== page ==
The opinion of the court was delivered by: MCAVOY
Plaintiff Patrick P. Ellis, a self-described "dissident" member of defendant Civil Service Employees Association ("CSEA"), brought suit against the union for alleged violations of the Labor Management Reporting and Disclosure Act, 29 U.S.C. § 411 ("LMRDA"), seeking declaratory and injunctive relief. Defendant filed a motion to dismiss the amended complaint for failure to state a claim and an amended motion to dismiss for lack of standing. Plaintiff cross-moved for a preliminary injunction and a consolidated hearing.
The American Federation of State, County, and Municipal Employees, AFL-CIO ("AFSCME") organization contains three levels: an international union, councils, and local unions. (Weinberg Aff. P 5 & Ex. 2.) In 1993, AFSCME consisted of fifty-nine chartered councils, five unchartered councils, 3,465 chartered local unions, 72 unaffiliated local unions, and a retiree chapter. (Am. Compl. P 7; Weinberg Ex. 2.)
pursuant to a 1978 trial affiliation agreement (the "Agreement"), AFSCME chartered defendant as a local union. (Weinberg Aff. P 9 & Exs. 3, 5.) A 1980 addendum to the Agreement (the "Addendum") rendered defendant's affiliation with AFSCME permanent. (Id. at P 11 & Ex. 4.) Despite its local charter and its "Local 1000" label, defendant appears to function as a council. (Id. at P 9; Am Compl. P 9.)
Plaintiff claims that the Agreement and Addendum violate Article IX, section 2 of the AFSCME Constitution because they create a de facto council status for defendant, even though defendant does not govern any autonomous AFSCME chartered local unions. (Am. Compl. P 18.) Defendant counters that as defendant and AFSCME entered the Agreement eighteen years ago and adopted the Addendum sixteen years ago, plaintiff's attempt to challenge their validity is time-barred. (D's Reply to P's Opp. to D's Mtn., at 9-10.) Plaintiff also alleges that defendant's de facto council status violates its members' equal rights, as guaranteed by 29 U.S.C. § 411(a)(1).
Plaintiff seeks a judgment declaring that the Agreement between defendant and AFSCME and its Addendum violate AFSCME's constitution, that defendant must operate as a local union unless and until it obtains legitimate council status by following the course prescribed in the AFSCME Constitution for doing so, and that its de facto council status violates its members' statutorily-guaranteed equal rights. He also seeks an order enjoining defendant from enforcing the Agreement, from effectuating the by-law amendment approved at the October 25 Delegate Convention, and from increasing or attempting to increase members' dues in any manner other than that specified in § 411(a)(3)(A) of the LMRDA.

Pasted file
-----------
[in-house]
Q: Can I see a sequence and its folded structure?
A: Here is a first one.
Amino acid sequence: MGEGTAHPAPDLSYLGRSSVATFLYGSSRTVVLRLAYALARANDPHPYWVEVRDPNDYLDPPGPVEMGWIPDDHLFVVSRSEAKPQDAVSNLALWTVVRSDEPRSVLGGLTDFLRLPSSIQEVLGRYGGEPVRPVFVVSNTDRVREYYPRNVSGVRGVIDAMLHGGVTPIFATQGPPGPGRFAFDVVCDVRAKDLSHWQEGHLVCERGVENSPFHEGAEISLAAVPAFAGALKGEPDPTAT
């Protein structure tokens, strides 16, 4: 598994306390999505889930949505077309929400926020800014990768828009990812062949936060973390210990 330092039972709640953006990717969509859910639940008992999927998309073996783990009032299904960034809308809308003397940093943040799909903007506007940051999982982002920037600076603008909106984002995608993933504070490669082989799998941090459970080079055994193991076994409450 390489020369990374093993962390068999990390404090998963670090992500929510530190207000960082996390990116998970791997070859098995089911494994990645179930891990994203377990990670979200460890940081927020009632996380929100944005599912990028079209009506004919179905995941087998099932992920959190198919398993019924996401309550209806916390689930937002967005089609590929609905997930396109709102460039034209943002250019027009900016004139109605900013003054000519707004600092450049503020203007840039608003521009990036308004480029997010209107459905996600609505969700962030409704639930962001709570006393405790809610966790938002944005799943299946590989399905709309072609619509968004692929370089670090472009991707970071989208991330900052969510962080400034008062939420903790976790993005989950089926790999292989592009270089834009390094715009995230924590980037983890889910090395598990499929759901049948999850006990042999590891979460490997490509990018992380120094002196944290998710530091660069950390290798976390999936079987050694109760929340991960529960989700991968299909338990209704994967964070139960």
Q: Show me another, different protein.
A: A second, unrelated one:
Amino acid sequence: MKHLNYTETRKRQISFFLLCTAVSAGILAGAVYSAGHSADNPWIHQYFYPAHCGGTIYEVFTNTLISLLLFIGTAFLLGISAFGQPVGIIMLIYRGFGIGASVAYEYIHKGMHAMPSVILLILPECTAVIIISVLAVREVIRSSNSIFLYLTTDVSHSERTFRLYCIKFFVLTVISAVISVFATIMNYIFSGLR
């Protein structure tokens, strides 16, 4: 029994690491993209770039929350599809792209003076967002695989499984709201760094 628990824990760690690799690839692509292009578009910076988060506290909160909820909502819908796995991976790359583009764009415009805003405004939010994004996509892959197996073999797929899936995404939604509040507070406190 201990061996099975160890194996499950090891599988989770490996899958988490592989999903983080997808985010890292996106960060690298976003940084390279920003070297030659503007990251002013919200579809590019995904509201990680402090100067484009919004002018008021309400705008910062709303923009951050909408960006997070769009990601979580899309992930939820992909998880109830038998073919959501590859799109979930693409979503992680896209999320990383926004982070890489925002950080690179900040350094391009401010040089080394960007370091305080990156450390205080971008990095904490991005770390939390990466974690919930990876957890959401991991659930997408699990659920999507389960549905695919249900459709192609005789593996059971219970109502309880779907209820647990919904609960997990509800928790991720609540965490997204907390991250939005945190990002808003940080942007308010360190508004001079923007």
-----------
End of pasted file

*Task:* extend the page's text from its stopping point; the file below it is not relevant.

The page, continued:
The Court will address defendant's motion to dismiss before considering plaintiff's motion for a preliminary injunction.
Defendant moves pursuant to Fed. R. Civ. Pro. 12(b)(6) to dismiss plaintiff's complaint for failure to state a claim upon which relief can be granted. For purposes of the 12(b)(6) motion, the Court construes the complaint in the light most favorable to the plaintiff. Scheuer v. Rhodes, 416 U.S. 232, 236, 40 L. Ed. 2d 90, 94 S. Ct. 1683 (1974). The Court will only grant the motion if "it appears beyond doubt that the plaintiff can prove no set of facts in support of his claim which would entitle him to relief." Conley v. Gibson, 355 U.S. 41, 45-46, 2 L. Ed. 2d 80, 78 S. Ct. 99 (1957).
2. Agreement and Addendum
To the extent that plaintiff's complaint challenges the propriety of the Agreement AFSCME and defendant entered in 1978 and the 1980 Addendum to that Agreement, plaintiff's claim is time-barred. Federal courts apply to LMRDA claims the statute of limitations that a state court within the federal court's district would apply to the most closely analogous state-law claims. Rodonich v. House Wreckers Union Local 95, 817 F.2d 967, 977 (2d Cir. 1987). The Rodonich court went on to hold that union democracy claims brought under the LMRDA should be subject to the relevant state's statute of limitations for personal injury actions. Id. at 977; see also Gilmore v. Local 295, 798 F. Supp. 1030, 1040 (S.D.N.Y. 1992) (stating that union violations of rights guaranteed by LMRDA are governed by applicable state statute of limitations for personal injury actions). New York's statute of limitations for personal injury actions is three years. N.Y. Civ. Prac. L. & R. § 214(5) (McKinney 1990). This statute of limitations renders plaintiff's claims concerning the legality of the Agreement and Addendum time-barred. ...